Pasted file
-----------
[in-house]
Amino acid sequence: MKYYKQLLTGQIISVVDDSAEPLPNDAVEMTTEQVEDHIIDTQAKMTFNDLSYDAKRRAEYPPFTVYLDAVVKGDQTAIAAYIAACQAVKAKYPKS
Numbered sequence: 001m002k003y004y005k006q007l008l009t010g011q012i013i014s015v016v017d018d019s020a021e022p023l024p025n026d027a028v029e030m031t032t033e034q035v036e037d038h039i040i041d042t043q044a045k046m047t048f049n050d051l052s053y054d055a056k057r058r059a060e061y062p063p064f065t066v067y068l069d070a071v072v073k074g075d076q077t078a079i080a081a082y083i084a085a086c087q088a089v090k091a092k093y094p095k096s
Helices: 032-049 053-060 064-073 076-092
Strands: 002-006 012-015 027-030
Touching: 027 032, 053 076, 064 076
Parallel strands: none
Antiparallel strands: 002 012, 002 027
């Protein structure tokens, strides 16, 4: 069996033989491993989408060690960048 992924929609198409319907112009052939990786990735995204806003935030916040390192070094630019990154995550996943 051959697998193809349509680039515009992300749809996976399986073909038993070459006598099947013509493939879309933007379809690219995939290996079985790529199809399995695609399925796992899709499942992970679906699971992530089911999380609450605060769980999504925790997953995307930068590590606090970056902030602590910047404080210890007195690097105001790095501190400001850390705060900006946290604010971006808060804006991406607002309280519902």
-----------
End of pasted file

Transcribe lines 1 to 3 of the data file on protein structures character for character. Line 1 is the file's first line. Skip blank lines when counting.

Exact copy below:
[in-house]
Amino acid sequence: MKYYKQLLTGQIISVVDDSAEPLPNDAVEMTTEQVEDHIIDTQAKMTFNDLSYDAKRRAEYPPFTVYLDAVVKGDQTAIAAYIAACQAVKAKYPKS
Numbered sequence: 001m002k003y004y005k006q007l008l009t010g011q012i013i014s015v016v017d018d019s020a021e022p023l024p025n026d027a028v029e030m031t032t033e034q035v036e037d038h039i040i041d042t043q044a045k046m047t048f049n050d051l052s053y054d055a056k057r058r059a060e061y062p063p064f065t066v067y068l069d070a071v072v073k074g075d076q077t078a079i080a081a082y083i084a085a086c087q088a089v090k091a092k093y094p095k096s